New State Environmental Laws For The New Year

When interviewed by the Washington Post about Biden’s leadership on climate change, famed activist Greta Thunberg didn’t mince her words. “If you call him a leader,” she said. “I mean, it’s strange that people think of Joe Biden as a leader for the climate when you see what his administration is doing.”

Although Biden has publicly said that man-made climate change is a danger we must all face together, his administration seems content with putting off the difficult task due to the current economic situation — which might mean the real struggle will be left to the next president or ignored altogether.

Thankfully, state governments are still planning to make changes of their own. For example, New Jersey, California, and New York are among a number of states who plan new initiatives or laws for the next year. 

New Jersey Governor Murphy signed Executive Order No. 274. The order provides a broad timeline for reducing greenhouse gas emissions by 50 percent lower than their levels were in 2006. The order establishes a 2030 goalpost for this strategy. New Jersey also passed several other laws to tackle climate change.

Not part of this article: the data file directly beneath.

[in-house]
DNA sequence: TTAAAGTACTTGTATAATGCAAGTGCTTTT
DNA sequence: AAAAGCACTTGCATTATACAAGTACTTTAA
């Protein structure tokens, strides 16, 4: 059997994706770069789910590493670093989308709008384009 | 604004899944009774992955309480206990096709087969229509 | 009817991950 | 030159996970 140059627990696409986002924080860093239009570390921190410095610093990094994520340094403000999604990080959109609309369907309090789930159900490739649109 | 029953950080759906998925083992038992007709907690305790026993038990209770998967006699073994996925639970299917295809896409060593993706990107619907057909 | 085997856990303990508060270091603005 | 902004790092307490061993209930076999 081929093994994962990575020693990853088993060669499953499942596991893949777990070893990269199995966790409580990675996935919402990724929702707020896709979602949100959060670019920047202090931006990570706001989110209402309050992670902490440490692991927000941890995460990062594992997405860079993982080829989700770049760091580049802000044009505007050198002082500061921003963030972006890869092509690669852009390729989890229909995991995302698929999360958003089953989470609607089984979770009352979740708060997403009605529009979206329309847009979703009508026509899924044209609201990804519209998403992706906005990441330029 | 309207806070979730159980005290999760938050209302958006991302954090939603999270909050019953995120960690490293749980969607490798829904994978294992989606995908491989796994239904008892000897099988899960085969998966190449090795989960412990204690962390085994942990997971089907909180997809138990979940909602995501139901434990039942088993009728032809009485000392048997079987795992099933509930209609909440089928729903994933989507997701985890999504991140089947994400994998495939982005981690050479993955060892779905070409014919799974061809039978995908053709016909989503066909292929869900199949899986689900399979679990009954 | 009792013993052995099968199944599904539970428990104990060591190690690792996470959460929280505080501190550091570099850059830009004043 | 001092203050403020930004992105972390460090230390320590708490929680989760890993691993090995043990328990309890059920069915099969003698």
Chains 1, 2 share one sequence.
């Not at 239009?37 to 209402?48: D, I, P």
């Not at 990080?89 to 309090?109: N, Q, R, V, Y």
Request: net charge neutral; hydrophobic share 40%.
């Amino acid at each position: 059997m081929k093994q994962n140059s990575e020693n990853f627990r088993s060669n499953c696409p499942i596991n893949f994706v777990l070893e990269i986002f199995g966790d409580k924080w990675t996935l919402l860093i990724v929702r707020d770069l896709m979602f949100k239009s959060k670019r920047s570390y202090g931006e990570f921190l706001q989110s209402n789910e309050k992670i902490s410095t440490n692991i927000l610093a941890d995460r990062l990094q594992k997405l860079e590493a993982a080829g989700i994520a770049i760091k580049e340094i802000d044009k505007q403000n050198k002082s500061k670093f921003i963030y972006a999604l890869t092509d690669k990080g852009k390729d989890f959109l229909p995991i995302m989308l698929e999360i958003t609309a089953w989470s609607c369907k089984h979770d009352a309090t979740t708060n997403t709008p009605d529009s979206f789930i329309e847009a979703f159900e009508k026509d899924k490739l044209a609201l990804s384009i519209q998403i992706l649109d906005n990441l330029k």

California has passed at least ten laws to do the same. Senate Bill 596 aims to reduce carbon capture of cement. Senate Bill 339 provides funding for a new program that will charge drivers based on the vehicle’s efficiency. Other laws on the books seek to reduce the amount of single-use plastics that residents of the state use. Senate Bill 343 makes it illegal to use the recycle symbol on a plastic product if it cannot be recycled.

New York Governor Kathy Hochul said, “Climate change and pollution are two of the most serious issues affecting New Yorkers’ health and quality of life. These pieces of legislation will ensure our state remains a national leader, not only in the fight for clean air and water, but in securing a cleaner, more sustainable future for generations as well.”